A.

The trivial squashing channel

One possible squashing channel SE→E 0 is the identity channel, which we will call the trivial squashing channel. The state on ABE 0 is pure, from which it can easily be calculated that 1 I(A; B|E) 2 1 = max (H(A|E) − H(A|BE)) |φiAA0 2 1 = max (H(AE) − H(E) |φiAA0 2

Esq (N ) ≤ max

|φiAA0

NOTATION

In this section we lay out the notation and conventions that we follow in this paper. For a quantum state ρA the von Neumann entropy of ρA is defined as H(A) = −trρA log ρA . For convenience we take all logarithms in base two and set log2 (·) ≡ log(·). For a quantum state ρ := ρAB the conditional entropy of system A given B is defined as H(A|B)ρ = H(AB)ρ − H(B)ρ . Here H(B) is computed over the state ρB = trA (ρAB ), where we denote the partial trace over system A of a state ρAB by trA (ρAB ). For a tripartite state ρABE the conditional mutual information is defined as I(A; B|E) = H(A|E) − H(A|BE). Whenever there is confusion regarding the state over which we are computing an entropic quantity we will add the state as a subscript. A quantum channel NA0 →B is a completely positive and trace preserving map [26] between linear operators on Hilbert spaces HA0 and HB . A quantum channel N can always be embedded into an isometry VAN0 →BE that takes the input to the output system B together with an auxiliary system E that we call the environment. This isometry is called the Stinespring dilation of the channel. The action of the channel is recovered by tracing out the environment: N (ρ) = trE (V ρV ∗ ). We denote the d-dimensional maximally mixed state by π. The dimension of π is implicit and should be clear from the context. Let N be a channel with input and output dimension d. Then N is unital if N (π) = π.

SOME PROPERTIES OF Esq (N )

− H(ABE) + H(BE)) 1 = max (H(B) + H(A) − H(AB)) |φiAA0 2 1 = max I(A; B) . |φiAA0 2

(3) (4)

(5) (6) (7)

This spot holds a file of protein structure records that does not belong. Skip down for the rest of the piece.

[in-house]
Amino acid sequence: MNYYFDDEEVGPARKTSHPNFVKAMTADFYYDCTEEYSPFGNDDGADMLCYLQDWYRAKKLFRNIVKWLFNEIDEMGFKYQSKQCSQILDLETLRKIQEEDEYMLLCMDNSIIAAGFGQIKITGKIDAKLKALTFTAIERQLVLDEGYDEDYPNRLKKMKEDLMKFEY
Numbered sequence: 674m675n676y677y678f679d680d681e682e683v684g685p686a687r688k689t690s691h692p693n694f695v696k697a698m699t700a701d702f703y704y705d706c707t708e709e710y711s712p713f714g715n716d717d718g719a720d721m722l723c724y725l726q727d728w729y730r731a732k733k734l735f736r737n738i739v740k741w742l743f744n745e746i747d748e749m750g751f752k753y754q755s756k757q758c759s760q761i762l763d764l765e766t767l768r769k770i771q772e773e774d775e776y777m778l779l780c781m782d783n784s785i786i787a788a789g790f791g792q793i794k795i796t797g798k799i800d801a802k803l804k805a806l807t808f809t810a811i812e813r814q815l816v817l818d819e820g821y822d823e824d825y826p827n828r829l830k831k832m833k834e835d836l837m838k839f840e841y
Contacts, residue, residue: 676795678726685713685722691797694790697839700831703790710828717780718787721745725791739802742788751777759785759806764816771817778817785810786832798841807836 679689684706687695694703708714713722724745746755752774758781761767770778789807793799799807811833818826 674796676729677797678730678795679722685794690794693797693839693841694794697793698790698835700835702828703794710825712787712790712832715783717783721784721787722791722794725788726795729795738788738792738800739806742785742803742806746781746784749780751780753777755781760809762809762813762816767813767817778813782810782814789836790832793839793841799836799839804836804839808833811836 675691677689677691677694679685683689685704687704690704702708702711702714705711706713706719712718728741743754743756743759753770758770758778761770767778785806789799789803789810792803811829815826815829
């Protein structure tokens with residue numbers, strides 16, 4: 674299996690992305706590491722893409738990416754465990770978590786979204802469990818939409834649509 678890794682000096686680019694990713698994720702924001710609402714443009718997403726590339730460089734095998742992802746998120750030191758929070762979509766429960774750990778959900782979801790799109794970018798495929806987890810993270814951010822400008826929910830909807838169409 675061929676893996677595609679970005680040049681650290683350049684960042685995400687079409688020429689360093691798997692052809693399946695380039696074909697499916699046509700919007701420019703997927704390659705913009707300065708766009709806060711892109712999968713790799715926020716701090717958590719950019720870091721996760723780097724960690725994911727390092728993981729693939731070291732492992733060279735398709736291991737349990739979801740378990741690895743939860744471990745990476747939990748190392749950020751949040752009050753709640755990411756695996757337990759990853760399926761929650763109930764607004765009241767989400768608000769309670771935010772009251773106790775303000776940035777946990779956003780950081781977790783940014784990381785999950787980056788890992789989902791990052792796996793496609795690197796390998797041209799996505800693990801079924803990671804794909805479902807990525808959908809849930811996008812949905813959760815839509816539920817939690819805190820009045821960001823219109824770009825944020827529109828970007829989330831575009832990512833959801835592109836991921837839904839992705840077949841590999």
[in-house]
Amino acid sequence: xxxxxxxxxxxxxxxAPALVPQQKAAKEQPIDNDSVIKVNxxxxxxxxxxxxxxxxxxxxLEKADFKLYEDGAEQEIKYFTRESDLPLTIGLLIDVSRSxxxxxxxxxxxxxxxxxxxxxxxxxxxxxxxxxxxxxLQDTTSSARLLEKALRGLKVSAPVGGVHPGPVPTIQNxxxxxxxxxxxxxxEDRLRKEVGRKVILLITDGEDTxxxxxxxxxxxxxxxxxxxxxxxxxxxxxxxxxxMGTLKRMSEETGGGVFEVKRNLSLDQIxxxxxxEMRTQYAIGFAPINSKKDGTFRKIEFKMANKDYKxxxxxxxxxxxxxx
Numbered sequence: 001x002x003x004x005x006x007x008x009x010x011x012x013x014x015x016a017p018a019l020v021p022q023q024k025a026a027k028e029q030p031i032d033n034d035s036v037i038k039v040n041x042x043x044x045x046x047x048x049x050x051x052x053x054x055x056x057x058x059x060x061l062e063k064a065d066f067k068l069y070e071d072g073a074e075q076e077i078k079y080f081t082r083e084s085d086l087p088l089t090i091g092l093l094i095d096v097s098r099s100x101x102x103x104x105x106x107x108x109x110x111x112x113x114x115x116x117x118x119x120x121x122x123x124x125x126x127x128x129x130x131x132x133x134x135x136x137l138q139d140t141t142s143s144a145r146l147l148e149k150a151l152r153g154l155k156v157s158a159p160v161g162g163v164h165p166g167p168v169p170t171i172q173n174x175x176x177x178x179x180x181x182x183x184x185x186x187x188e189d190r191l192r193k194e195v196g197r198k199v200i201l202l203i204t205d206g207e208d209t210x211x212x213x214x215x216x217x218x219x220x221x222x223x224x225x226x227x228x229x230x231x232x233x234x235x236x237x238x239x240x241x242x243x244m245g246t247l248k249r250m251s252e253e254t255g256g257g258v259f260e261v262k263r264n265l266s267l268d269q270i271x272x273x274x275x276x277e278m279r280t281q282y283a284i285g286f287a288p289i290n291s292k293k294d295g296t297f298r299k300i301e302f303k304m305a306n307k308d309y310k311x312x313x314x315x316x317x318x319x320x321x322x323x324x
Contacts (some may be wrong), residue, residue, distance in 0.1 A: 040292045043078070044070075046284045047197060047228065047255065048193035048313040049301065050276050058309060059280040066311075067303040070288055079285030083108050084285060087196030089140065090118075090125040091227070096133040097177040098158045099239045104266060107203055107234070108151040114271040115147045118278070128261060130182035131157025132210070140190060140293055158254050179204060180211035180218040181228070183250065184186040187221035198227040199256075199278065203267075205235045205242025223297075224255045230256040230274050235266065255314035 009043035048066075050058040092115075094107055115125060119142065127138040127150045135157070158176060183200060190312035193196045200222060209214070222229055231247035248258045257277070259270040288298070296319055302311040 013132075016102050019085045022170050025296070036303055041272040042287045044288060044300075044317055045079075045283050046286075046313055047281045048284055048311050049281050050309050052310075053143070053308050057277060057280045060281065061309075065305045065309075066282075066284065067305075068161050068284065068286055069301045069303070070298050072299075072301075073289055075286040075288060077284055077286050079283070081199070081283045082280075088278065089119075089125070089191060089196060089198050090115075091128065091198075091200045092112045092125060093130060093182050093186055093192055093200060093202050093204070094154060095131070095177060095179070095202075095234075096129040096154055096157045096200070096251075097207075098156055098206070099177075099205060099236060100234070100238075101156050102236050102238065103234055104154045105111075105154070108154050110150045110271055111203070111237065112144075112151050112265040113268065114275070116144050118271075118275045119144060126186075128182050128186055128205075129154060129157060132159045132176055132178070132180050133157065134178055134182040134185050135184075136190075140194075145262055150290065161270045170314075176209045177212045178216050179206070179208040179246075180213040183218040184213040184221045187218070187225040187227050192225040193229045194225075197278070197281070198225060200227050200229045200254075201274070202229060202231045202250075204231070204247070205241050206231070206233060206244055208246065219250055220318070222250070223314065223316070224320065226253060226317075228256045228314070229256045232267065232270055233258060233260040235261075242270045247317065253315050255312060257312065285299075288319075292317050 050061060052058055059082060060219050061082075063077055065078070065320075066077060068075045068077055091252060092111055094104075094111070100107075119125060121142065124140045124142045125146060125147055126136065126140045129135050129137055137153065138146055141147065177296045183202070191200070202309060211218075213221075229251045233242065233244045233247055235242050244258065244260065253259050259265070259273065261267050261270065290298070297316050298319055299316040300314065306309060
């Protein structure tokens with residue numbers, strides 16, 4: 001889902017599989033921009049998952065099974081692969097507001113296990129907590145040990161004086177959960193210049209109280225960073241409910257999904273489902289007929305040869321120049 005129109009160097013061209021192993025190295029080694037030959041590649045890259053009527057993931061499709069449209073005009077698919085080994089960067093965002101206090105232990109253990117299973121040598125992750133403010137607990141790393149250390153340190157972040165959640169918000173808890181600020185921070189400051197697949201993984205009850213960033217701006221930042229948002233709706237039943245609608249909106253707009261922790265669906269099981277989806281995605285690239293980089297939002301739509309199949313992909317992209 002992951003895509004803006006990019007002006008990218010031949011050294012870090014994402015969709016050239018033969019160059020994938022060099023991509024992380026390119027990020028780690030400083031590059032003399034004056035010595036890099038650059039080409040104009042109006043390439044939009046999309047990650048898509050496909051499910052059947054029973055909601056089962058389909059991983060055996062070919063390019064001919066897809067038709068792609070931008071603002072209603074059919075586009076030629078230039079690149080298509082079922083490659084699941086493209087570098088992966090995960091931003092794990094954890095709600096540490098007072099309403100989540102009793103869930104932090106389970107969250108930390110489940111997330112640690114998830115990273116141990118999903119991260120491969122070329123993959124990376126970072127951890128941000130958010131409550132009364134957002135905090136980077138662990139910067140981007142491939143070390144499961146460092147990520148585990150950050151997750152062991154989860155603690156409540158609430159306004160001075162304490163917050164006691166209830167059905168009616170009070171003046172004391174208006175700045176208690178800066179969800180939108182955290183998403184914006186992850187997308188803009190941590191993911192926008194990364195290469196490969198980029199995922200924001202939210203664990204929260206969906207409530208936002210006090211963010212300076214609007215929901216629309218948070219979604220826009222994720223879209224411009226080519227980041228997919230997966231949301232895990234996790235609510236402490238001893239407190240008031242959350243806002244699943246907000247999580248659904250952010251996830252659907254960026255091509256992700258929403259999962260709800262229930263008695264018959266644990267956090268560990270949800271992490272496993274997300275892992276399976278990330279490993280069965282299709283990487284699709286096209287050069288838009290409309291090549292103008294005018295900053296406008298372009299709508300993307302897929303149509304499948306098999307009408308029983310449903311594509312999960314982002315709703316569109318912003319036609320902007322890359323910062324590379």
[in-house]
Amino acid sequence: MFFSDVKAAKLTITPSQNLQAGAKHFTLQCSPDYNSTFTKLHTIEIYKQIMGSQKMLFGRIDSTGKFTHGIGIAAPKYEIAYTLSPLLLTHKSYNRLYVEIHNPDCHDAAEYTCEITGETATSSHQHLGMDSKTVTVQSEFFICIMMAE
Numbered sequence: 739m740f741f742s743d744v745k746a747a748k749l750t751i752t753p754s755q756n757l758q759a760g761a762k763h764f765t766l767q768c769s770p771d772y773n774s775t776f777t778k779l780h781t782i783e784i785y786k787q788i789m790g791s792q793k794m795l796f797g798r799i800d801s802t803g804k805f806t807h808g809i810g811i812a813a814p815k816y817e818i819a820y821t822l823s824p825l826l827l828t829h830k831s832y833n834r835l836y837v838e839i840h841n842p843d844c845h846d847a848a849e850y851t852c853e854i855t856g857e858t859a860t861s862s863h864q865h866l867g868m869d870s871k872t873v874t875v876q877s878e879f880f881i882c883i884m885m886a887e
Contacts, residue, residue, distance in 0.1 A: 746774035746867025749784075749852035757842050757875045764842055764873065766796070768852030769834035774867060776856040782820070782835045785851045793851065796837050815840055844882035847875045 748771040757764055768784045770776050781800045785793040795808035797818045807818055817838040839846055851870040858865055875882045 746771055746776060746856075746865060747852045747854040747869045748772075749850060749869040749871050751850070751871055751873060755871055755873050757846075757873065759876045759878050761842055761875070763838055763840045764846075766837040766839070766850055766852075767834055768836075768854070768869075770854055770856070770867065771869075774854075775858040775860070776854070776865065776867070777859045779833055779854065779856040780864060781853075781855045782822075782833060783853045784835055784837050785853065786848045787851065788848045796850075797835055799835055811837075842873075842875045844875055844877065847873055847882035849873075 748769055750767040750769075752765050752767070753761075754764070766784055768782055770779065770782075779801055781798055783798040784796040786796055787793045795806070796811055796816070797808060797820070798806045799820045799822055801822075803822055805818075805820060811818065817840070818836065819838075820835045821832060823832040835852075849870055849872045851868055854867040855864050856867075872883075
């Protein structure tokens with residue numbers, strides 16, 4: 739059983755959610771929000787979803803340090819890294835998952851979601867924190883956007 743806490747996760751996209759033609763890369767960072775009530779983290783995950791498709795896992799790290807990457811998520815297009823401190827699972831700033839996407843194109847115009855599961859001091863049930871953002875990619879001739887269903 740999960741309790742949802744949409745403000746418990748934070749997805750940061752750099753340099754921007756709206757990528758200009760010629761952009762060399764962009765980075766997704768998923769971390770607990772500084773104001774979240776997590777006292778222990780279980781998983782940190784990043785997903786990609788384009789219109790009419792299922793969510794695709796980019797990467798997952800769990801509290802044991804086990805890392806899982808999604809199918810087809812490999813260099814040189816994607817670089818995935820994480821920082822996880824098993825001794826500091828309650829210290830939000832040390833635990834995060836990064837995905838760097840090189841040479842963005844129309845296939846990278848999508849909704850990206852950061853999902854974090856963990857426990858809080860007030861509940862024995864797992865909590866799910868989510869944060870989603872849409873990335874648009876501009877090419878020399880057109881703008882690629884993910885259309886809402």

The maximization in the right hand of (7), up to the 1/2 factor, characterizes the capacity of a quantum channel for transmitting classical information assisted by unlimited entanglement [27]. In other words, the squashed entanglement is bounded from above by one half the entanglement assisted capacity of the channel which we denote by CE (N ). This connection, which was first observed by Takeoka et al. (see [25]), allows us to bound the squashed entanglement for all channels for which CE (N ) is known.

B.

Entanglement breaking channels

Entanglement breaking channels have zero private and quantum capacities assisted by two-way communications. We show that the squashed entanglement of these channels is also zero, following a similar approach as was done for the squashed entanglement of separable states in [28]. In order to see this note that if an entanglement breaking channel NEB is applied to half of a bipartite state, the output is always separable and can be written as a

3 convex combination of product states, ψAB = I ⊗ NEB (|ψi hψ|AA0 ) X = λi |αi i hαi |A ⊗ |βi i hβi |B ,

(8) (9)

i

where we denote by I the identity map. A possible purification of ψAB is X√ λi |αi iA |βi iB |iiE1 |iiE2 , (10) |ψiABE1 E2 = i

where {|iiE1 } and {|iiE2 } are sets of orthonormal states. If the squashing channel consists of tracing out the E2 system, the resulting state is X

λi |αi i hαi |A ⊗ |βi i hβi |B ⊗ |ii hi|E1 ,